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Congress leader Mahendra Karma, 62, had survived at least four attempts on his life by suspected Maoists. The fifth, on Saturday, proved fatal.
The rebels had been gunning for the powerful tribal leader of Chhattisgarh’s Bastar region ever since he emerged at the forefront of Salwa Judum, the (now disbanded) anti-Naxalite vigilante movement.
Salwa Judum — Peace March or Purification Hunt in tribal Gondi language — saw young tribals in Chhattisgarh being armed with heavy weaponry to take on Maoists, most of whom are tribals.
The movement that started in 2005-06 was projected by its leading backers such as Karma as people’s resistance against Maoists.
The tribal versus tribal fight that played out in Chhattisgarh led to hundreds of killings and counter-killings before the Supreme Court ordered the state to disband Salwa Judum in 2011.
Karma, lauded by his supporters as “Bastar Tiger”, got Z plus category security because Maoists never gave up hunting him.
Born in the left wing extremism-hit Dantewada district of Bastar, he chose to support violent methods to beat Maoists at their own game.
After early attempts to kill him, Maoists made concerted efforts to target him in 2010, 2011 and last year. He narrowly escaped an ambush in Dantewada on November 8, 2012, after rebels triggered a landmine blast targeting his vehicle.
Chief minister Raman Singh condoled Karma’s death in the ambush. “He was a great fighter against Maoists. His fight will always be remembered,” the Bharatiya Janata Party leader added.
A combative leader, Karma was a minister in undivided Madhya Pradesh. After Chhattisgarh was carved out of MP in 2000, he became the industry and commerce minister of the new state.
After the Congress lost in the 2003 elections, he was made the leader of the opposition in the assembly. Karma lost the 2008 assembly elections.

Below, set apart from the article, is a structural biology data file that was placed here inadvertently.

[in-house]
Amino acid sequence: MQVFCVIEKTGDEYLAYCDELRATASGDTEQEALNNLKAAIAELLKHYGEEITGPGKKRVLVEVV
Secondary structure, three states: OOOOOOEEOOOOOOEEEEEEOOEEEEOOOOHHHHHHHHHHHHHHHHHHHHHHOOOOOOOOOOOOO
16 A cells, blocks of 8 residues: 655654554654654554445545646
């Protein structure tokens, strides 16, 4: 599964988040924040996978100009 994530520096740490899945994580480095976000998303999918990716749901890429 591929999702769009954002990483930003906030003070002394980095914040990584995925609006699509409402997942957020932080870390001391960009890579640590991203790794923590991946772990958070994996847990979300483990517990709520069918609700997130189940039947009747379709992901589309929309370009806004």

Despite the loss, he remained a key figure for the Congress in conflict-ridden Bastar’s seven districts.
In the run-up to the assembly elections, due by December, Karma had taken a lead role in trying to win the support of tribals for the Congress.
Chhattisgarh is among the states worst affected by Maoist violence. Between 2008 and 2012, Maoists killed more than 400 troopers and 550 civilians in the state. During the same period, security personnel killed more than 300 Maoists.
The rebels, known as Naxalites, have been fighting the central government for more than four decades, demanding land and jobs for tenant farmers and the poor. They take their name from the West Bengal village of Naxalbari where the movement began in 1967.
The fighters were inspired by Chinese Communist revolutionary leader Mao Zedong and have drawn support from displaced tribal populations opposed to corporate exploitation and official corruption.
Prime Minister Manmohan Singh has called Maoists India’s biggest internal security threat. According to the home ministry, Maoists are now present in 20 of India’s 28 states and have thousands of fighters.
The government has offered to begin peace talks with the rebels, but without success. The Maoists demand that the Centre first withdraw thousands of paramilitary soldiers deployed to fight them.
(With agency inputs)